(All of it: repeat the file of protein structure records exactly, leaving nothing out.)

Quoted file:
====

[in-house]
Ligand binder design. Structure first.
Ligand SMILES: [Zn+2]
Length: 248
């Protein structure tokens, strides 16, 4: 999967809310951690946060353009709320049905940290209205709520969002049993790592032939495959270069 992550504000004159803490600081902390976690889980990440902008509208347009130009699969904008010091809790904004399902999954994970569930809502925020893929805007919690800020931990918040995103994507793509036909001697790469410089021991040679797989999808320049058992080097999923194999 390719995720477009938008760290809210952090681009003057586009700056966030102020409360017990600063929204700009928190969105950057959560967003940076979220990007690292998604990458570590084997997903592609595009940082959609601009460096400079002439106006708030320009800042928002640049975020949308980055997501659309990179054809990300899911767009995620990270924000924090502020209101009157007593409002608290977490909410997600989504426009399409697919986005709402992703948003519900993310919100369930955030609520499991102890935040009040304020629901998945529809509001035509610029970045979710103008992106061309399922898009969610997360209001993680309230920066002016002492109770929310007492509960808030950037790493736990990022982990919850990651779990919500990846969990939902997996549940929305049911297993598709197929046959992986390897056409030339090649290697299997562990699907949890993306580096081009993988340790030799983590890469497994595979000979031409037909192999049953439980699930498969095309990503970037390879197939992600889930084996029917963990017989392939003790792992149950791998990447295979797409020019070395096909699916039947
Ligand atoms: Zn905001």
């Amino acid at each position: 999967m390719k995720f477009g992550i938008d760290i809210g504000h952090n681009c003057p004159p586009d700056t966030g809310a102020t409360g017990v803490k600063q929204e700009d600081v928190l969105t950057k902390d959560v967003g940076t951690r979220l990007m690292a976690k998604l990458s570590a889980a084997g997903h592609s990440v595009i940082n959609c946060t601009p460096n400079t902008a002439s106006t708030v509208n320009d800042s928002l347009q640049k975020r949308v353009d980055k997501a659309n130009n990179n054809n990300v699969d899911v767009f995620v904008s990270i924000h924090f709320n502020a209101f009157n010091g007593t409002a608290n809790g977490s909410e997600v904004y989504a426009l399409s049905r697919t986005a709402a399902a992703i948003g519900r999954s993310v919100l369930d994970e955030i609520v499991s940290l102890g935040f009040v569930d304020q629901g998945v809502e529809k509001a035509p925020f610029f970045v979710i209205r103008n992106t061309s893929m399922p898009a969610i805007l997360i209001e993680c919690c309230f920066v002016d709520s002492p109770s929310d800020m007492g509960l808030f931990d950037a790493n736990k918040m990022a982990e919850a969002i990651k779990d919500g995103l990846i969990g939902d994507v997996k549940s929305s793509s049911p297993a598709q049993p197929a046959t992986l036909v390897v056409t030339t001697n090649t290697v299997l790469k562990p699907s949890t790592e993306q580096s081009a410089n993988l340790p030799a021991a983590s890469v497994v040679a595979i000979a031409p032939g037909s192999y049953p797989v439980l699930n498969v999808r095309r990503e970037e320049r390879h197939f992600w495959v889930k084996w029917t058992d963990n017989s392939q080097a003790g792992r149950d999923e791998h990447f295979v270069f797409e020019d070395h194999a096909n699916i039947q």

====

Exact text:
[in-house]
Ligand binder design. Structure first.
Ligand SMILES: [Zn+2]
Length: 248
């Protein structure tokens, strides 16, 4: 999967809310951690946060353009709320049905940290209205709520969002049993790592032939495959270069 992550504000004159803490600081902390976690889980990440902008509208347009130009699969904008010091809790904004399902999954994970569930809502925020893929805007919690800020931990918040995103994507793509036909001697790469410089021991040679797989999808320049058992080097999923194999 390719995720477009938008760290809210952090681009003057586009700056966030102020409360017990600063929204700009928190969105950057959560967003940076979220990007690292998604990458570590084997997903592609595009940082959609601009460096400079002439106006708030320009800042928002640049975020949308980055997501659309990179054809990300899911767009995620990270924000924090502020209101009157007593409002608290977490909410997600989504426009399409697919986005709402992703948003519900993310919100369930955030609520499991102890935040009040304020629901998945529809509001035509610029970045979710103008992106061309399922898009969610997360209001993680309230920066002016002492109770929310007492509960808030950037790493736990990022982990919850990651779990919500990846969990939902997996549940929305049911297993598709197929046959992986390897056409030339090649290697299997562990699907949890993306580096081009993988340790030799983590890469497994595979000979031409037909192999049953439980699930498969095309990503970037390879197939992600889930084996029917963990017989392939003790792992149950791998990447295979797409020019070395096909699916039947
Ligand atoms: Zn905001």
């Amino acid at each position: 999967m390719k995720f477009g992550i938008d760290i809210g504000h952090n681009c003057p004159p586009d700056t966030g809310a102020t409360g017990v803490k600063q929204e700009d600081v928190l969105t950057k902390d959560v967003g940076t951690r979220l990007m690292a976690k998604l990458s570590a889980a084997g997903h592609s990440v595009i940082n959609c946060t601009p460096n400079t902008a002439s106006t708030v509208n320009d800042s928002l347009q640049k975020r949308v353009d980055k997501a659309n130009n990179n054809n990300v699969d899911v767009f995620v904008s990270i924000h924090f709320n502020a209101f009157n010091g007593t409002a608290n809790g977490s909410e997600v904004y989504a426009l399409s049905r697919t986005a709402a399902a992703i948003g519900r999954s993310v919100l369930d994970e955030i609520v499991s940290l102890g935040f009040v569930d304020q629901g998945v809502e529809k509001a035509p925020f610029f970045v979710i209205r103008n992106t061309s893929m399922p898009a969610i805007l997360i209001e993680c919690c309230f920066v002016d709520s002492p109770s929310d800020m007492g509960l808030f931990d950037a790493n736990k918040m990022a982990e919850a969002i990651k779990d919500g995103l990846i969990g939902d994507v997996k549940s929305s793509s049911p297993a598709q049993p197929a046959t992986l036909v390897v056409t030339t001697n090649t290697v299997l790469k562990p699907s949890t790592e993306q580096s081009a410089n993988l340790p030799a021991a983590s890469v497994v040679a595979i000979a031409p032939g037909s192999y049953p797989v439980l699930n498969v999808r095309r990503e970037e320049r390879h197939f992600w495959v889930k084996w029917t058992d963990n017989s392939q080097a003790g792992r149950d999923e791998h990447f295979v270069f797409e020019d070395h194999a096909n699916i039947q």